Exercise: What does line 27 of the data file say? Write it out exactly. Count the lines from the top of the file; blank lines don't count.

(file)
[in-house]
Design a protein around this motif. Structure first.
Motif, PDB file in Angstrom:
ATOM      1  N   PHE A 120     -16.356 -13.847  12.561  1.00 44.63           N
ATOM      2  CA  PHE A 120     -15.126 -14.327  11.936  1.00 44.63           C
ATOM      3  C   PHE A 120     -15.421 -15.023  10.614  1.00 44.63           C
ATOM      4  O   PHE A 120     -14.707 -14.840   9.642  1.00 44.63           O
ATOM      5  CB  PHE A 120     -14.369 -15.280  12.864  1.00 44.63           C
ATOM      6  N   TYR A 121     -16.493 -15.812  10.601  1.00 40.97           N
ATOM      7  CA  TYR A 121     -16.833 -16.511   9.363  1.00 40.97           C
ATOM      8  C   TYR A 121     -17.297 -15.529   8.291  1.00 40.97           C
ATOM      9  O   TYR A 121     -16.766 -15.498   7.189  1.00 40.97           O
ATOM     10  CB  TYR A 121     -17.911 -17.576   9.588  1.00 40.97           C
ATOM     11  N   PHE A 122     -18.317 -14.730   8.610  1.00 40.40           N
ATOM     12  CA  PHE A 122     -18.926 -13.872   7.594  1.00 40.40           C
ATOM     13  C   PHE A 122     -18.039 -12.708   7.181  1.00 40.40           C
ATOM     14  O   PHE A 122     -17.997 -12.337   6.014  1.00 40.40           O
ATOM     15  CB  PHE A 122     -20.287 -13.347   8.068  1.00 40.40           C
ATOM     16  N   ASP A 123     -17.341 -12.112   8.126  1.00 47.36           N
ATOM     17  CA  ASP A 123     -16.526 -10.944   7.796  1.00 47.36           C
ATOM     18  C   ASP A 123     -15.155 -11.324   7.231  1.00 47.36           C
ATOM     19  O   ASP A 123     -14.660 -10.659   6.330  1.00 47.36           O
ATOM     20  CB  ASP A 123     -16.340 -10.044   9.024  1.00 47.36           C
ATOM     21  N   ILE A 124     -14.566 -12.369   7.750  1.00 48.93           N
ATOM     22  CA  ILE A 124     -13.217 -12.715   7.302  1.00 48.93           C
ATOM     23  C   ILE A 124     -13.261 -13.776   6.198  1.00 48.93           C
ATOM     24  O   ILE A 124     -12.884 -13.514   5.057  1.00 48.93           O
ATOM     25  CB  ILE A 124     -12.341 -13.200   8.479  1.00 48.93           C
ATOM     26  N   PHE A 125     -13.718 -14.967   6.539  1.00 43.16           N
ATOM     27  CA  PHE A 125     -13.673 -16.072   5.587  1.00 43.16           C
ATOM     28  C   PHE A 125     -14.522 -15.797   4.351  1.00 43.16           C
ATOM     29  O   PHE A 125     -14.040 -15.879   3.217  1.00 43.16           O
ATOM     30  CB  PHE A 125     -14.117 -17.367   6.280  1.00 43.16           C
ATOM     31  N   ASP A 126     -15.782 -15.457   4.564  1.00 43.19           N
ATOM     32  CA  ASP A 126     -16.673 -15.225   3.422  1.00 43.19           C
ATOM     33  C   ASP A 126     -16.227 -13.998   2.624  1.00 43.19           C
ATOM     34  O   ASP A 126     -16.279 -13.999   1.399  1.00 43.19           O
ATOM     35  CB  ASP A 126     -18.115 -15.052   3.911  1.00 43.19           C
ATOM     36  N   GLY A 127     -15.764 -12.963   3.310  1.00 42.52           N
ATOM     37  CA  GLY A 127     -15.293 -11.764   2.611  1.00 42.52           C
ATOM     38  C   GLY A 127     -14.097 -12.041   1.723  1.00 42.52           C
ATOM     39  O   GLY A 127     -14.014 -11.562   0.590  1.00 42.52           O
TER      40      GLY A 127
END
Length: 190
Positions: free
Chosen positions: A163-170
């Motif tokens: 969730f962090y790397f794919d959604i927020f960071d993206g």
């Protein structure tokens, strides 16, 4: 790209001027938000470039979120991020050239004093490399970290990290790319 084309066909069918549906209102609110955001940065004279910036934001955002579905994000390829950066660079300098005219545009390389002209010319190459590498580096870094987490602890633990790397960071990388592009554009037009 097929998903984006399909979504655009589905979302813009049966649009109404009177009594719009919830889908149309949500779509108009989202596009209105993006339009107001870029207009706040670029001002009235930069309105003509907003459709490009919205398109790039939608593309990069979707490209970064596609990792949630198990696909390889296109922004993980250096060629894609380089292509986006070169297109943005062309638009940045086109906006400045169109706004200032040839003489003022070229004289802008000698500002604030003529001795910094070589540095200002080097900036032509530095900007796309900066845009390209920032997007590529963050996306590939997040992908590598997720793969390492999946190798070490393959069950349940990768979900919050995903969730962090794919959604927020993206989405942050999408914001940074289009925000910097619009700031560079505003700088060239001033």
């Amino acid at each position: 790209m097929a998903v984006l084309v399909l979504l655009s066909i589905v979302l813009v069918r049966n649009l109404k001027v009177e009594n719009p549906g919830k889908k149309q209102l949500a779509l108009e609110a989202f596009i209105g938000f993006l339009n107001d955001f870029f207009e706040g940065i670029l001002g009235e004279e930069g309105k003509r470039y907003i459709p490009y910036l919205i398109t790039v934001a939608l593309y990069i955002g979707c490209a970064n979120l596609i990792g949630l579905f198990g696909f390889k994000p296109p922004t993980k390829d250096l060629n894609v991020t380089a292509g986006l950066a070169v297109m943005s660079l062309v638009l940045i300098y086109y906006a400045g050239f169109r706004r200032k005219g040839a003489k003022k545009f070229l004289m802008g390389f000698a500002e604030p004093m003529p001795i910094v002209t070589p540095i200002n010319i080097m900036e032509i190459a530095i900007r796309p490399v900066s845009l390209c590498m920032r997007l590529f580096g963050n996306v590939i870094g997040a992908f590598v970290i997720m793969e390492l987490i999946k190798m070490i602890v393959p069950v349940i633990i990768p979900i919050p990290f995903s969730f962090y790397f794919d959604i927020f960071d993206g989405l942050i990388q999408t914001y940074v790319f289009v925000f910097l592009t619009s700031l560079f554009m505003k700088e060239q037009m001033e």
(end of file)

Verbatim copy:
ATOM     24  O   ILE A 124     -12.884 -13.514   5.057  1.00 48.93           O